Brigitte Hobmeier was born in Munich in 1976 and studied at the Folkwang Academy in Essen from 1996 to 1999. She subsequently joined the ensemble of Peter Stein’s Faust Project at the Expo 2000 in Hanover. From 2002 to 2004 she was an ensemble member at the Munich Volkstheater, where her acclaimed performances included the role of Viola in Shakespeare’s Twelfth Night (director: Jorinde Dröse), the title role of Wedekind’s Lulu and Geierwally (both directed by Christian Stückl), among others. Since 2005 she has been an ensemble member at the Munich Kammerspiele, where she has appeared in Elfriede Jelinek’s Ulrike Maria Stuart (director: Jossi Wieler), in the leading role in Herbert Achternbusch’s Susn (director: Thomas Ostermeier) and in Shakespeare’s Measure for Measure (director: Stefan Pucher), among others. Most recently she has been seen in Gorky’s Vassa Zheleznova (director: Alvis Hermanis), Rainer Werner Fassbinder’s Satansbraten (director: Stefan Pucher) as well as the title role in Frank Wedekind’s Franziska (director: Andreas Kriegenburg). She made her Salzburg Festival debut in 2012 as Kathrin in Meine Bienen. Eine Schneise by Händl Klaus, directed by Nicolas Liautard. In addition, she has appeared in numerous film and TV productions, including episodes of Tatort and Tannöd (2009), Die Hebamme – Auf Leben und Tod (2010), Sommer in Orange (2011) and Ende der Schonzeit (2012).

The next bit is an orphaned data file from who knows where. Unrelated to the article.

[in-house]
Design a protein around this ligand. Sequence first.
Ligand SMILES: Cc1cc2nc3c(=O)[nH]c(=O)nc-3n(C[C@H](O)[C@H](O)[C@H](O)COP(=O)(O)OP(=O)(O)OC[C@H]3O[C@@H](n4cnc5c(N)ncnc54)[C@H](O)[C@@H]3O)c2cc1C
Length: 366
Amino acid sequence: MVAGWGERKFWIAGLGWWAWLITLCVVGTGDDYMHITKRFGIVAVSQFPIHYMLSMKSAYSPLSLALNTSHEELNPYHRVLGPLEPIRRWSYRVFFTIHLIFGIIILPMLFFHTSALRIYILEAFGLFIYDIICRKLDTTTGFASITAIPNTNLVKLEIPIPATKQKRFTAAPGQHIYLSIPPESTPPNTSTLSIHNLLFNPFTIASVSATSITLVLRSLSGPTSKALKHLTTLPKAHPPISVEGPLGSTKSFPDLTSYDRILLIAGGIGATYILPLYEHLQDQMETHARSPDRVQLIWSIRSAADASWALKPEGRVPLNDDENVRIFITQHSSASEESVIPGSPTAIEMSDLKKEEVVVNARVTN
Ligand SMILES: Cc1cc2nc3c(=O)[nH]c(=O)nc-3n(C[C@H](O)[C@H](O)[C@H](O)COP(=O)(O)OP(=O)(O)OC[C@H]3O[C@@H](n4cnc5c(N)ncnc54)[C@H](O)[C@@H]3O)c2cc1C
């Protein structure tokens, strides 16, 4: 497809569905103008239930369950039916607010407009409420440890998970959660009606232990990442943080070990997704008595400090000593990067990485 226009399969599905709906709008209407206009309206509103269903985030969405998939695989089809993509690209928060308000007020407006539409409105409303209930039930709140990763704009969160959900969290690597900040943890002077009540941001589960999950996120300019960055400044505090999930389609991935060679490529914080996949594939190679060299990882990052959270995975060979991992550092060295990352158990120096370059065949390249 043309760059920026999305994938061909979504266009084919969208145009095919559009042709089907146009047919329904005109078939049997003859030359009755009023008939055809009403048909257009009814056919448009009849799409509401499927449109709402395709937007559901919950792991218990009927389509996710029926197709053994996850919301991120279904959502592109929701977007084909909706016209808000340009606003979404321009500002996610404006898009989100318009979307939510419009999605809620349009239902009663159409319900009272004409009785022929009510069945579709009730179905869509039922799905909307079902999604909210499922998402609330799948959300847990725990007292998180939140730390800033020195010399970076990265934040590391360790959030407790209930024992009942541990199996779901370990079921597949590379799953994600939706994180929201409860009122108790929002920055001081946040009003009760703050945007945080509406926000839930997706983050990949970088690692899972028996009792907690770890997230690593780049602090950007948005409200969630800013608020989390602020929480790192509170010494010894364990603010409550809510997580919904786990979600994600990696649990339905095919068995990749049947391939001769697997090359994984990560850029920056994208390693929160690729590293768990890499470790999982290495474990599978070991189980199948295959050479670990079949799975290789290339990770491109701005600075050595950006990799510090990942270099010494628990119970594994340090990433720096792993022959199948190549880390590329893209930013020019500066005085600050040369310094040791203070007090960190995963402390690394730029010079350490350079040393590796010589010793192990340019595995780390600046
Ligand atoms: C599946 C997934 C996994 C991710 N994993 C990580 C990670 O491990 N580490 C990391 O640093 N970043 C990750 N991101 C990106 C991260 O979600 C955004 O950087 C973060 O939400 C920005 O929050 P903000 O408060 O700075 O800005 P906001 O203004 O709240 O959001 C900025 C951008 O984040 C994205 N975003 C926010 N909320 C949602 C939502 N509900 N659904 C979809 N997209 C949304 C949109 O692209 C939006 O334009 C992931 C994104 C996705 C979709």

Brigitte Hobmeier has won several acting awards, including the AZ Star of the Year (2003), the Audience Award of the Münchner Merkur (2003) and the Bavarian Grant for Performing Arts (2004). For the role of Elisabeth in Ödön von Horváth’s Glaube Liebe Hoffnung, she won the German theatre award DER FAUST in 2007. Since 2010 Brigitte Hobmeier has been a member of the Bavarian Academy of Fine Arts. In 2011 she received the Theatre Prize of the State Capital of Munich and in 2012 the Grimme Award for Die Hebamme – Auf Leben und Tod. At the Word Film Festival in Montréal, she was named Best Actress in 2012 for her portrayal of the farmer’s wife Emma in Ende der Schonzeit by Franziska Schlotterer. Most recently, Brigitte Hobmeier received the Ulrich Wildgruber Prize (2013).
Current as of summer 2013